The EU recently simplified the situation by issuing thorough guidelines in 2009, stating that all EU member states should allow EU citizens to refuse the usage of cookies in order to preserve their online privacy. At the very least, website providers must now give an opt-in service when it comes to tracking cookies. In a recent judgment, the European Court of Justice confirmed that user consent must be sought before the cookies can be set up.
EU Cookie: What They Mean and How They Impact?
The European Union adopted its ‘Directive on Privacy and Electronic Communications’ in 2002, with additional cookie-related amendments enacted in 2009. Despite criticism for its structure and difficulty of interpretation, the EU set a deadline of May 2011 for all member states to adopt their regulation.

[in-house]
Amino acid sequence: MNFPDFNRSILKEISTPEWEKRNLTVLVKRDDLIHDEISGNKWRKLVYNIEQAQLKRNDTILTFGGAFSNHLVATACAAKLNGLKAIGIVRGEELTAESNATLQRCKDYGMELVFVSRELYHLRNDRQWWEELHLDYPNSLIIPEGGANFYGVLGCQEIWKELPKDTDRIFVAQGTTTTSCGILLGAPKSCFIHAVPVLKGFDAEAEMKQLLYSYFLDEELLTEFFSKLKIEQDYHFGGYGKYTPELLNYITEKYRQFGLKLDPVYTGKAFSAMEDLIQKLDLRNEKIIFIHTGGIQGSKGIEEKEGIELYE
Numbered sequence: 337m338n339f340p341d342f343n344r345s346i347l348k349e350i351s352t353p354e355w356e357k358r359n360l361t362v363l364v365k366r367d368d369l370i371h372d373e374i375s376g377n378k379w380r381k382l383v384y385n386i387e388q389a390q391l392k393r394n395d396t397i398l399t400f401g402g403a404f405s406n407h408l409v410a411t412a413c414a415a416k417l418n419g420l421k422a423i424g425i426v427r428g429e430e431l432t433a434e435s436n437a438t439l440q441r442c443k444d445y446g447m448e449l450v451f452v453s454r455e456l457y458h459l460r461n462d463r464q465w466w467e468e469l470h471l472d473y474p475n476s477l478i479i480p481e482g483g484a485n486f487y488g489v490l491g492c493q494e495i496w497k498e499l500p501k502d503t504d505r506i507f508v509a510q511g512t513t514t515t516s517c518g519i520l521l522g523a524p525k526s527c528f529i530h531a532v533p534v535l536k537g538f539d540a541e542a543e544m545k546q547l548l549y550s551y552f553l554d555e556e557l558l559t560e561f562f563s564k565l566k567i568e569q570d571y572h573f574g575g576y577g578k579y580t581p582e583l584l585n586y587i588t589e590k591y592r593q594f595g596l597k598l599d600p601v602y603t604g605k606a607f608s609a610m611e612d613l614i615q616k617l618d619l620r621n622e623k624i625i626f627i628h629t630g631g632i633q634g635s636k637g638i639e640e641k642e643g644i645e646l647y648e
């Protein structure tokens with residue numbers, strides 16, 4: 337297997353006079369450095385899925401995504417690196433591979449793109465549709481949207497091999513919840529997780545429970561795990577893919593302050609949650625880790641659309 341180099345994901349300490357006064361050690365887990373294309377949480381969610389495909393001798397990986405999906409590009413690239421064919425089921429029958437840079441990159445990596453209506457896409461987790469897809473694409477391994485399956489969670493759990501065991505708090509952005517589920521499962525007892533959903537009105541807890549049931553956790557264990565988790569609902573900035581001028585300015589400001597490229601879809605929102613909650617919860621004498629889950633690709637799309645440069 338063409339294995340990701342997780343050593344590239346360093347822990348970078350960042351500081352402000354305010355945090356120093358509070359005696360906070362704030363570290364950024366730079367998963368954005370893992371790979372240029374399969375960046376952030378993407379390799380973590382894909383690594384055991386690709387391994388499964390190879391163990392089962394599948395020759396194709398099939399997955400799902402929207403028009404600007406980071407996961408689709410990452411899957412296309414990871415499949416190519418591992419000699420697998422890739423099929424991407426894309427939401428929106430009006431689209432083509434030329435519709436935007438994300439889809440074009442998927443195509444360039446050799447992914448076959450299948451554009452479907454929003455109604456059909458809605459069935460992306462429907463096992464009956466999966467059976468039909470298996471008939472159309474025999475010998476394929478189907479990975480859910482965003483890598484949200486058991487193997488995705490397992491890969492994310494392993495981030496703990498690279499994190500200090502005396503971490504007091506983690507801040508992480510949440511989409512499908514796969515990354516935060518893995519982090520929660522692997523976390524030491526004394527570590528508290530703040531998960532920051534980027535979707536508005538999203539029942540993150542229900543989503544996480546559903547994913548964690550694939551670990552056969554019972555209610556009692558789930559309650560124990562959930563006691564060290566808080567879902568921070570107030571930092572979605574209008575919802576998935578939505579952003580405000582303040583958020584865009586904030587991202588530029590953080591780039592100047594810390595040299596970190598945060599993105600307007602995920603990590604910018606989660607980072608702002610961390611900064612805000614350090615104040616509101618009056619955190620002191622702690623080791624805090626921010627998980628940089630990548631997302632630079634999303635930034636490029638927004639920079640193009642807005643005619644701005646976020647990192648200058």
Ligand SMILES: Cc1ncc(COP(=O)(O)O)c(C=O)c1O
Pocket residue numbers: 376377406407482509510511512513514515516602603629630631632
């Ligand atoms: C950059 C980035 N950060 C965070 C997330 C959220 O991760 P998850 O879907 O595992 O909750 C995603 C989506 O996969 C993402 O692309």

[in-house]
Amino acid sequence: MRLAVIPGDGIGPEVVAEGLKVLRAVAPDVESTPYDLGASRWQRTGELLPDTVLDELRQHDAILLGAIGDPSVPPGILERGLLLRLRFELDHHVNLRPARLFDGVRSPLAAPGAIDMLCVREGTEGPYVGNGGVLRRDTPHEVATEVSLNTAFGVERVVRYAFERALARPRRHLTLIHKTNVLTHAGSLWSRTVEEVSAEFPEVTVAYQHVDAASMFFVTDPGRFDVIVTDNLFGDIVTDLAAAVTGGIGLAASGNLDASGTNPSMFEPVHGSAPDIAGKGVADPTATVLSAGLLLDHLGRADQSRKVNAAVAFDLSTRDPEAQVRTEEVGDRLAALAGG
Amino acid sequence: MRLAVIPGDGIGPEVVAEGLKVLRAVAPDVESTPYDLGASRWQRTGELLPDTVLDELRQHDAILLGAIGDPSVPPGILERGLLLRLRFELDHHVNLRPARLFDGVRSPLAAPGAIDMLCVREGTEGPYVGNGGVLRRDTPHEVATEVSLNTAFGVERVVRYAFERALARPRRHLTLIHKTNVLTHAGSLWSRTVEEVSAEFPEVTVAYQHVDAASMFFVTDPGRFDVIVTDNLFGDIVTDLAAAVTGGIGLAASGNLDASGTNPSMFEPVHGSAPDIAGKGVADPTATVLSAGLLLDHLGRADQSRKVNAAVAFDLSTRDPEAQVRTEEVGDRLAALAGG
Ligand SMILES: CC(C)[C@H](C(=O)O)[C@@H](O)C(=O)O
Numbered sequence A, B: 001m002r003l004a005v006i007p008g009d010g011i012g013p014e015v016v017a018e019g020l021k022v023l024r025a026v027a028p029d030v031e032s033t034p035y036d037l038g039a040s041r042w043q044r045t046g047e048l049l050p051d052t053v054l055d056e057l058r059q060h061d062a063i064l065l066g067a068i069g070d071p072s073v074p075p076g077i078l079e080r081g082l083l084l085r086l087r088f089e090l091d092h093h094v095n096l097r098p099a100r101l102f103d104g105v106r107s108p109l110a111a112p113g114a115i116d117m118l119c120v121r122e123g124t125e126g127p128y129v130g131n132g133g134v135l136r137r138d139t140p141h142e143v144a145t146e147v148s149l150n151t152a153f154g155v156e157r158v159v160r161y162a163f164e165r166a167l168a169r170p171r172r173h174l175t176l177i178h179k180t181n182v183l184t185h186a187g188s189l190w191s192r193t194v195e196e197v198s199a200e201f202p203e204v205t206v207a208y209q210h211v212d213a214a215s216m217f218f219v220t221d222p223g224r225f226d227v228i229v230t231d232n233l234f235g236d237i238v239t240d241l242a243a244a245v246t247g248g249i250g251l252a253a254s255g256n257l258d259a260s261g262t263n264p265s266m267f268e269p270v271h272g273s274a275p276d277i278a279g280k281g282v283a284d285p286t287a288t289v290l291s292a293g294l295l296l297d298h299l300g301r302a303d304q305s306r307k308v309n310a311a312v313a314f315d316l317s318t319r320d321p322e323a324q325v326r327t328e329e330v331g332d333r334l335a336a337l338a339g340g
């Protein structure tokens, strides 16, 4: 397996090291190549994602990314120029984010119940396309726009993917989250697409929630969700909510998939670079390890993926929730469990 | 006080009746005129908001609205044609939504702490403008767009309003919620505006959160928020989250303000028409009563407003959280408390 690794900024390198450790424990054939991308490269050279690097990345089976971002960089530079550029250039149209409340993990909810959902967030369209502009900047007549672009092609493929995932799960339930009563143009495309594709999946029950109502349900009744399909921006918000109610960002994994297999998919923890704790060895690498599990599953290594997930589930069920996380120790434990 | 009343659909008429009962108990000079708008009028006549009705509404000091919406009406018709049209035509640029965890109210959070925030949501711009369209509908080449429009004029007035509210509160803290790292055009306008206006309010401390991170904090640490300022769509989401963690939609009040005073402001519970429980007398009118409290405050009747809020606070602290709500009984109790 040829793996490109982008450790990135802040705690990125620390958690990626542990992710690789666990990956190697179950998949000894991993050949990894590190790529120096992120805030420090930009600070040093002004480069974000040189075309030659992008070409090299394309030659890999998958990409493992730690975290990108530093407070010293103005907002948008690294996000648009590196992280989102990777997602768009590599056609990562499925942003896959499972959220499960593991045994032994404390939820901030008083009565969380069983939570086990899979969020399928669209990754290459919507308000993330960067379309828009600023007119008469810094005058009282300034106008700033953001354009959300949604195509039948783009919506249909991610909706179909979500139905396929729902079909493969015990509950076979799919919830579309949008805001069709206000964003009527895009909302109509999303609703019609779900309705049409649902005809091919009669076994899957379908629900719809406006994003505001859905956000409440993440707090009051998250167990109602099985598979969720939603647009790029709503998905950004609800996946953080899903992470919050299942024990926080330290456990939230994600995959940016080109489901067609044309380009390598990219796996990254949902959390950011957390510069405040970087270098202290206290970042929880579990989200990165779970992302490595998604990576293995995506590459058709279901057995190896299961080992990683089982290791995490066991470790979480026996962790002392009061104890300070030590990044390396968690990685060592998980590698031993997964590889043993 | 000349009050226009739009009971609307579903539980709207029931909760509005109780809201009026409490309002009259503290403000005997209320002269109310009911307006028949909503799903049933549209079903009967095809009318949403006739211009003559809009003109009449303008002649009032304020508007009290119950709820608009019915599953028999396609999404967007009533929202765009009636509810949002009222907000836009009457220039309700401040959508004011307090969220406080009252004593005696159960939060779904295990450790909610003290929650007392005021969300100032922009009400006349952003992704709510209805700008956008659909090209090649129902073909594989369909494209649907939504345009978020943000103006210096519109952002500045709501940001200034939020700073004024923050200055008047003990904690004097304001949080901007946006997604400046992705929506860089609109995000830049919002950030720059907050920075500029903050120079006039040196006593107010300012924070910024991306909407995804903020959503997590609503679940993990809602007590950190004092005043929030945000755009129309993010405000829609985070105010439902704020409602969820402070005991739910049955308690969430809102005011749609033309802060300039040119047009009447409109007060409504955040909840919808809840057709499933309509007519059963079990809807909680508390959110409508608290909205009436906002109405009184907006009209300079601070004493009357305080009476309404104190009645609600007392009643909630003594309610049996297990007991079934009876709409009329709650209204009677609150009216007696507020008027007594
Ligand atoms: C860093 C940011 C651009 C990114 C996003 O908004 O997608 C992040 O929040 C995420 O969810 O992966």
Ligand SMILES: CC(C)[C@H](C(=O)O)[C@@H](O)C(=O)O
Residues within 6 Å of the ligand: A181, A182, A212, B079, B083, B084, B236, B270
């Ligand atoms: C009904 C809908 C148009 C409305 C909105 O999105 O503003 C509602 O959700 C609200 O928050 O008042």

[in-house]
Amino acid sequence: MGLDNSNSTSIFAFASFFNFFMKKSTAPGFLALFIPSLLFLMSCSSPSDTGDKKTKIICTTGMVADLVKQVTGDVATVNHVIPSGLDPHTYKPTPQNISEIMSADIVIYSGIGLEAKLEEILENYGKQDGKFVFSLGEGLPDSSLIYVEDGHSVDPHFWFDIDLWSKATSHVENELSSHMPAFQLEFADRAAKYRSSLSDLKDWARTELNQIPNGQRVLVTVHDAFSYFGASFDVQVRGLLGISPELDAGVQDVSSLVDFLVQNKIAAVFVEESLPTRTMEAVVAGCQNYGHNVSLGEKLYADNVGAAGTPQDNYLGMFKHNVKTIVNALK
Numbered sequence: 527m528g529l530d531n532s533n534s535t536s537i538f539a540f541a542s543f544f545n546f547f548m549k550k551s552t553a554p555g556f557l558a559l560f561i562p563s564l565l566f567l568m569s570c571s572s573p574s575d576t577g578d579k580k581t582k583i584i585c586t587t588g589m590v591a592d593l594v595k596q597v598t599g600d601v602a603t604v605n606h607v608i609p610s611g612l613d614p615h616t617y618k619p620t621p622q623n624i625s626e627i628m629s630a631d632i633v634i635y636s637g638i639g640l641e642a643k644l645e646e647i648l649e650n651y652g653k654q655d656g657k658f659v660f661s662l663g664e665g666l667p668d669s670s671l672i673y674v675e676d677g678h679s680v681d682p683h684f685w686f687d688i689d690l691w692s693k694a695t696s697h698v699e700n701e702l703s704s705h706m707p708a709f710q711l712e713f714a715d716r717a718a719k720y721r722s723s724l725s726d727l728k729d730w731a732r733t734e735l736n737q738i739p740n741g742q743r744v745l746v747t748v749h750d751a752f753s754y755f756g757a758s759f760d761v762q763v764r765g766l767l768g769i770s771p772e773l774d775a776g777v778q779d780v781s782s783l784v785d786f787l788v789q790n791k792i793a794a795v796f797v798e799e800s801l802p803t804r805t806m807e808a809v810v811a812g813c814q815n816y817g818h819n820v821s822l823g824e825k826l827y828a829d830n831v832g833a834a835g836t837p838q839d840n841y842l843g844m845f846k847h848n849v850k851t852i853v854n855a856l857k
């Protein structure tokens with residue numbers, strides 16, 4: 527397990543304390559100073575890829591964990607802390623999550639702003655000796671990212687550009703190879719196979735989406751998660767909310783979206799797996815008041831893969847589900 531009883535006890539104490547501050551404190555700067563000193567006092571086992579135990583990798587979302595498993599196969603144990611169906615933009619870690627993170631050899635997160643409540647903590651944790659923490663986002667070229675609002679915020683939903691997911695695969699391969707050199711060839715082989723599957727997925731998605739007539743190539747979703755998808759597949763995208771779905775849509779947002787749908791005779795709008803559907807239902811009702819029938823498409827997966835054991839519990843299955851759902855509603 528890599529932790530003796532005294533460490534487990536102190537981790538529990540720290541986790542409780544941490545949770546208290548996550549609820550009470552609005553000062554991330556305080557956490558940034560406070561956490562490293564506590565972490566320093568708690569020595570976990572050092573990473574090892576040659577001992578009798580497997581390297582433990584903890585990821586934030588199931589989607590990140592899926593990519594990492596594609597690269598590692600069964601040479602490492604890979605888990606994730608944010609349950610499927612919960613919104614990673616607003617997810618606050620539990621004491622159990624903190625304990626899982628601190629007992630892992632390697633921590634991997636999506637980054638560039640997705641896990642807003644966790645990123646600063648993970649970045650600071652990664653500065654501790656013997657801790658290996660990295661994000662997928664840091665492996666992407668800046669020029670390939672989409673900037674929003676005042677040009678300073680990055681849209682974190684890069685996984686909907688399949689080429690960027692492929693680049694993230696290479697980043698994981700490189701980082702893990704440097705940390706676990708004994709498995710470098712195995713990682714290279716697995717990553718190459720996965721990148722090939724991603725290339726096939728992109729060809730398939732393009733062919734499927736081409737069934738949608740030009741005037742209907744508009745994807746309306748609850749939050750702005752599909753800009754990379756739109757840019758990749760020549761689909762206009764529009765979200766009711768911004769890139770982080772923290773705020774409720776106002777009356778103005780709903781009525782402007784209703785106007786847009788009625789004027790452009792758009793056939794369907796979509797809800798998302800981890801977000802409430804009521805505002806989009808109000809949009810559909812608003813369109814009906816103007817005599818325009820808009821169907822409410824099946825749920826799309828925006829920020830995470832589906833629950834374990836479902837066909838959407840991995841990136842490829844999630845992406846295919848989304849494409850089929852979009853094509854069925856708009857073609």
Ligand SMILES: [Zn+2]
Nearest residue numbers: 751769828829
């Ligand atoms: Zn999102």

Certain cookies that are deemed “strictly necessary for the provision of a service requested by the user” are exempt from disclosure because they benefit the user significantly more than the enterprise. This includes cookies used to track shopping carts in e-commerce and to save the user’s vital login information.
In the EU, website operators must obtain the user’s permission before using the majority of cookies. This includes any cookies that do not fit the aforementioned condition of being “essential.” This means that advertising cookies used for retargeting, analysis, and social media are now subject to user consent.
However, the primary concern many businesses have with these EU laws is that the recommendations do not specify how they should be applied. There is ambiguity around acquiring authorization from site visitors.
Germany is considering enacting a new law in 2020 which will consolidate data-related laws. However, just a proposal for the law has been developed as of yet. This information is subject to change.
The bill does include an intriguing point about cookies: the draft indicates that cookies that are not required to operate a website should be automatically rejected. This eliminates the need for users to accept or reject cookie declarations each time they visit a website.